Bobcat Goldthwait (he of the annoying voice in ‘Police Academy’ films) went on to become a fine director, with ‘Shakes The Clown’ (‘The Citizen Kane of alcoholic clown movies’) and ‘World’s Greatest Dad’ (a dark, smart late-period Robin Williams film), and for the first half hour at least, this tops them all as a homely schlub of an insurance agent surfs TV and finds himself assaulted by stupidity, cruelty and selfish celebrity-obsessed behaviour on all sides.The hate has rubbed off on his estranged daughter, well on her way to becoming a dreadful human being.
The blame is laid squarely at the feet of bottom-feeding TV, which in turn has bred appalling attitudes in the young, so Frank goes postal with teen sidekick Roxy, wiping out reality TV show bee-yatches and shock-jock right-wing TV presenters. In a welter of sharp one-liners, specific targets are pinpointed; the Westboro Baptist Church (a tiny group of bigots who gained some press coverage a while back) the terrible films of Diablo Cody, and ‘American Idol’ and Simon Cowell in all but name, but then something starts to go wrong.
For instead of expanding this bleak world-view to encompass the greater harm done by self-interested politicians, bankers and the broken capitalist system that’s creating such monsters, or by making the film smaller so that Frank has to either fix or kill his child, he and Roxy get stuck shooting people that simply annoy them, like kids who text in cinemas and guys who take up two parking spaces.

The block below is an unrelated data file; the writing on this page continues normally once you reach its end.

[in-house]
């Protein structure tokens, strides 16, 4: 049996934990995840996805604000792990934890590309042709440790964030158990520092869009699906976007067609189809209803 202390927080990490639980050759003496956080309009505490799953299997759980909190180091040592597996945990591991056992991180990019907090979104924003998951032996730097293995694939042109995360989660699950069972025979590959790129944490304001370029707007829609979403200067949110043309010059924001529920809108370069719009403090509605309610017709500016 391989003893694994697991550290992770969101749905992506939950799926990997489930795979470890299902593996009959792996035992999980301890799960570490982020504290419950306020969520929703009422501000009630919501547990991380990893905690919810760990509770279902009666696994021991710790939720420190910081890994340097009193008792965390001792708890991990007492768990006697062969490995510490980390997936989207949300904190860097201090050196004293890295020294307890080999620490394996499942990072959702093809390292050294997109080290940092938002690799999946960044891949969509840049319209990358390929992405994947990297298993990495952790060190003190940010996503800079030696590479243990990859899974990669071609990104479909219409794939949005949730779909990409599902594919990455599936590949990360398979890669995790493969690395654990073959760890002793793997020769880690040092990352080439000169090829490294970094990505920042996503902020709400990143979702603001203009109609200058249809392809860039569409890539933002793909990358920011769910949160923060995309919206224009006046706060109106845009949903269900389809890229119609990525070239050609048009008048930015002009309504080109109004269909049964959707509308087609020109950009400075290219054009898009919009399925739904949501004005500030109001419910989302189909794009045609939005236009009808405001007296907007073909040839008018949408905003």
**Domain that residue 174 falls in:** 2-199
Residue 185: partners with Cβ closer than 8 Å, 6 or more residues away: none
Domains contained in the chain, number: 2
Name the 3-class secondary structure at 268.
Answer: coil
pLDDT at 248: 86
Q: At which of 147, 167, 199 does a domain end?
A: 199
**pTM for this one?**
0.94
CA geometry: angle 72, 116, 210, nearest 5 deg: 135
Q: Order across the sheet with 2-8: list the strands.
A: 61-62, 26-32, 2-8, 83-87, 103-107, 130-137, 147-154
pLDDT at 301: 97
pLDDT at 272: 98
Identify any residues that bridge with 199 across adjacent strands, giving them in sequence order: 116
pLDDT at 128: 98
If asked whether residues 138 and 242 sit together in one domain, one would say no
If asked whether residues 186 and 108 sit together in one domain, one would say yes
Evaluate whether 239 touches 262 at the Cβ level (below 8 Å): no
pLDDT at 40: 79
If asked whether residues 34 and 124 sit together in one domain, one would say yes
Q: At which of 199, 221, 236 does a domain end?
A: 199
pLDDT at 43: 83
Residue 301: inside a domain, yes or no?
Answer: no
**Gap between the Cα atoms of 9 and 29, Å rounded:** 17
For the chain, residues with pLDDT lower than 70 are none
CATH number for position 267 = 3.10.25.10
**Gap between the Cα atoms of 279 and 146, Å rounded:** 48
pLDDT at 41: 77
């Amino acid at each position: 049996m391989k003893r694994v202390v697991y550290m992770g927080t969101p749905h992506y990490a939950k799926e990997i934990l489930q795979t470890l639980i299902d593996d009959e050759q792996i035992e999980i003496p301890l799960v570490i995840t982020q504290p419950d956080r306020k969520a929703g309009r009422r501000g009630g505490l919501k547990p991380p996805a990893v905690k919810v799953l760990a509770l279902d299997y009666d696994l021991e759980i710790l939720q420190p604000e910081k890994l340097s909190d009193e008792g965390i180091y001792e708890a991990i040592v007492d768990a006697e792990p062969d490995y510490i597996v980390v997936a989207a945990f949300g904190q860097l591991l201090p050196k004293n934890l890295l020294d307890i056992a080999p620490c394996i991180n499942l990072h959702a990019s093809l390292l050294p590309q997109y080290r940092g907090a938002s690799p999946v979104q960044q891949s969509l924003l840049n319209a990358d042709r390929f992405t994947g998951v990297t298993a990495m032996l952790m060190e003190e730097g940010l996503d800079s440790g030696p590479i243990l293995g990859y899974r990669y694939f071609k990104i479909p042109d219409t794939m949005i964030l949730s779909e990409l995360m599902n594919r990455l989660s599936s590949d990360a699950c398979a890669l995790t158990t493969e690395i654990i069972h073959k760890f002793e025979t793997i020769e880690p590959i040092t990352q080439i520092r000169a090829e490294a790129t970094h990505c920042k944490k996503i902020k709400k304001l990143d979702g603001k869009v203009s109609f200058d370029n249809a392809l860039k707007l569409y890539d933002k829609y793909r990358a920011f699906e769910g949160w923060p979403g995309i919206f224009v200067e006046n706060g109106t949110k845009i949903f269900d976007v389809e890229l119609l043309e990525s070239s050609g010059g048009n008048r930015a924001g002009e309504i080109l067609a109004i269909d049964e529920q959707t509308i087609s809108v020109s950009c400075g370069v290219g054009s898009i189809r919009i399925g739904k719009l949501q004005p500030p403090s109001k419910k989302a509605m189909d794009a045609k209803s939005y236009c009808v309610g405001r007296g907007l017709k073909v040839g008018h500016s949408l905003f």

The problem with satire, of course, is knowing how to pick your targets, and it’s not Goldthwait’s fault that this one is simply to big to get a grip on. If the film had appeared during the Bush regime it would have felt more prescient, but by the time of its release the targets have already changed out of recognition, so there’s nowhere left for Frank to go.
Yet the screenplay does present Frank with a direction – he could have sorted out his vile, screaming selfish daughter, who is imitating the behaviour that daily surrounds her. There’s a brilliantly edited sequence showing one of the girl’s tantrums and matching it to the on-screen harridan she’ll become in five years’ time. But at the end we can only shrug and sigh that yes, TV entertainment does seem grotesquely at fault, but Frank’s solution – shooting everyone – requires that he becomes the sole arbiter of what’s right, and that’s not going to work either. Something smarter is required.
It’s still a terrifically energetic and invigorating piece of filmmaking, fresh and frequently hilarious. But it could have been so much better.